Senator Craig's Exit
He didn't even flush the toilet.
When he exited the bathroom stall, Senator Larry Craig never flushed the toilet. As my kids would say when they were little, that certainly suggests he didn't have to go.
So what was he doing peering into someone else's stall for long enough that the officer was able to see he had blue eyes? Why did he wait for the adjoining stall to be empty when there were plenty of others available? What was he doing tapping his foot and waving his hand underneath the divider between the stalls? Certainly not going to the bathroom.
Larry Craig must think the people of Idaho are fools. He certainly has no problem lying to them, and the rest of us. Maybe it's all those years in Congress that have left him thinking he can get away with anything he wants.
After the media — Roll Call in particular — disclosed that Craig had pleaded guilty to cruising for sex in a men's room at the Minneapolis airport, the distinguished gentleman from Idaho announced he would resign as of September 30.
Then he changed his mind and said he was going to try to withdraw his guilty plea and would hold off on resigning until the judge reached a decision on that issue.
On Thursday, the judge reached a decision. To the surprise of no one who knows anything about criminal law, Judge Porter of the Minneapolis Superior Court concluded there was absolutely no basis for Senator Craig to withdraw his plea, no new evidence of anything, no showing that he'd been coerced by the prosecutors or police to plead guilty, nothing approaching the proof of a "manifest injustice" that would allow the plea to be withdrawn.
So now Craig has changed his mind again. Now, he's decided that even though he lost in court and has as much chance of winning on appeal as I do of winning the lottery (I don't even buy tickets) he's going to serve out his term for the good of the people of Idaho.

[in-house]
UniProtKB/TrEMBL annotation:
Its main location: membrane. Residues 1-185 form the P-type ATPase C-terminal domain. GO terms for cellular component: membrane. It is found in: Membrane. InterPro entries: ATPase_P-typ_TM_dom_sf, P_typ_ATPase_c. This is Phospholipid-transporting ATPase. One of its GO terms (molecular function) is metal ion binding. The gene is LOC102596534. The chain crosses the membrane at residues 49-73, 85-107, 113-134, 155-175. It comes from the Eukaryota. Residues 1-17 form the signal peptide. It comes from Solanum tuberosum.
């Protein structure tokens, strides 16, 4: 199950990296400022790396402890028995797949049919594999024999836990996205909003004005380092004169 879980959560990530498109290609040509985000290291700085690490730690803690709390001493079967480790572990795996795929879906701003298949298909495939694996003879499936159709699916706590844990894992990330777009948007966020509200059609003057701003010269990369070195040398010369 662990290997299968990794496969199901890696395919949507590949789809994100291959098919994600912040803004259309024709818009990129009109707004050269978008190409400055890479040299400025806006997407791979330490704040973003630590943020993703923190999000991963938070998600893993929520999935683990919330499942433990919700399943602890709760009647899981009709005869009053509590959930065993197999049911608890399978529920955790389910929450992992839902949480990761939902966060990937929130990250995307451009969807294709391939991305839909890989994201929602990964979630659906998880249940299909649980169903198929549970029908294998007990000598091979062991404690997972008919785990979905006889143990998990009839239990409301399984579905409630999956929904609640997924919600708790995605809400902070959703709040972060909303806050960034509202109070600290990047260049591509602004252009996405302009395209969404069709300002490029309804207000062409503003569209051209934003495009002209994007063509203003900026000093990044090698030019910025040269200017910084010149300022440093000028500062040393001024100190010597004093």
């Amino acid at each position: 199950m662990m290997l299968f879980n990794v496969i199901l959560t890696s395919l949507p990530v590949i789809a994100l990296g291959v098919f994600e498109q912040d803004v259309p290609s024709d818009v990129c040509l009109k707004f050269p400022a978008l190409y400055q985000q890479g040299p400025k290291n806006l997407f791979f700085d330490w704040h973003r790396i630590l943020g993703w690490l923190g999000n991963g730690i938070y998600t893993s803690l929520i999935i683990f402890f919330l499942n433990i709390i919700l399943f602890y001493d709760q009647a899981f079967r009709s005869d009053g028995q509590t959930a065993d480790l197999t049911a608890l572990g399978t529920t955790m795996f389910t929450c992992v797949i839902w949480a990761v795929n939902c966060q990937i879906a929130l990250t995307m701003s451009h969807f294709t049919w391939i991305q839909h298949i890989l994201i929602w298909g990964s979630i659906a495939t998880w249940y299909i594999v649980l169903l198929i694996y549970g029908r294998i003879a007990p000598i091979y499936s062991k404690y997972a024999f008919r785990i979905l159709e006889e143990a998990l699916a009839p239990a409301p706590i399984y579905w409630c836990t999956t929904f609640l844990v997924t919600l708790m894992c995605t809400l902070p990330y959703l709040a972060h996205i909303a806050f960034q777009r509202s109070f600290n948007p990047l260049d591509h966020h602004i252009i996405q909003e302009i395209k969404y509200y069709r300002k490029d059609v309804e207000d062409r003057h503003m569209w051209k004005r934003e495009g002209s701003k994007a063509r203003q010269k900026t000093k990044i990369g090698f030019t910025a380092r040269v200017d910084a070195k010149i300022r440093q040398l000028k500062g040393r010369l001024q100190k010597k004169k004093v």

Liar, liar, pants on fire.
The best thing he could do for the people of Idaho, and the rest of us, is spare us the embarrassment of what's to come next.
The judge's decision is absolutely correct. Imagine what the criminal justice system would be like if anyone who didn't like the punishment they got, from the courts or from their peers, could simply change their minds and decide they didn't want to plead guilty after all. My guess is that the Senator from Idaho has been a staunch supporter of "finality" when it comes to death row prisoners' efforts to seek review of their convictions before being put to death. I'm certain he voted for the provision of the Patriot Act expanding the Attorney General's authority to expedite the process. If it makes sense for those on death row, it certainly makes sense for bathroom cruisers.
The Senator certainly doesn't have a case that he can't be punished because he didn't "do" anything, notwithstanding the support he's received from his new "BFF's" at the ACLU. Lots of people get a lot worse punishment than he did for "doing" less — the defendants in the Padilla case just shot off their mouths and didn't actually "do" anything, but they're facing life in prison for conspiracy. That's how conspiracy works. You can be punished for attempt even if you never do anything wrong. That's how attempt law works.
Cruising for sex in the bathroom may be nothing in Senator Craig's book, but it certainly is something in the book of every mother who, like me, nervously stands outside the men's room watching the time and keeping track of everyone who enters and exits while your son is inside. If Senator Craig's arrest and conviction deter some creeps from peeking in the stall where my son and other kids are actually going to the bathroom, it will be worth something. Even if the Senator still doesn't know when it's time to go.
To find out more about Susan Estrich and read features by other Creators Syndicate writers and cartoonists, visit the Creators Syndicate website at www.creators.com.
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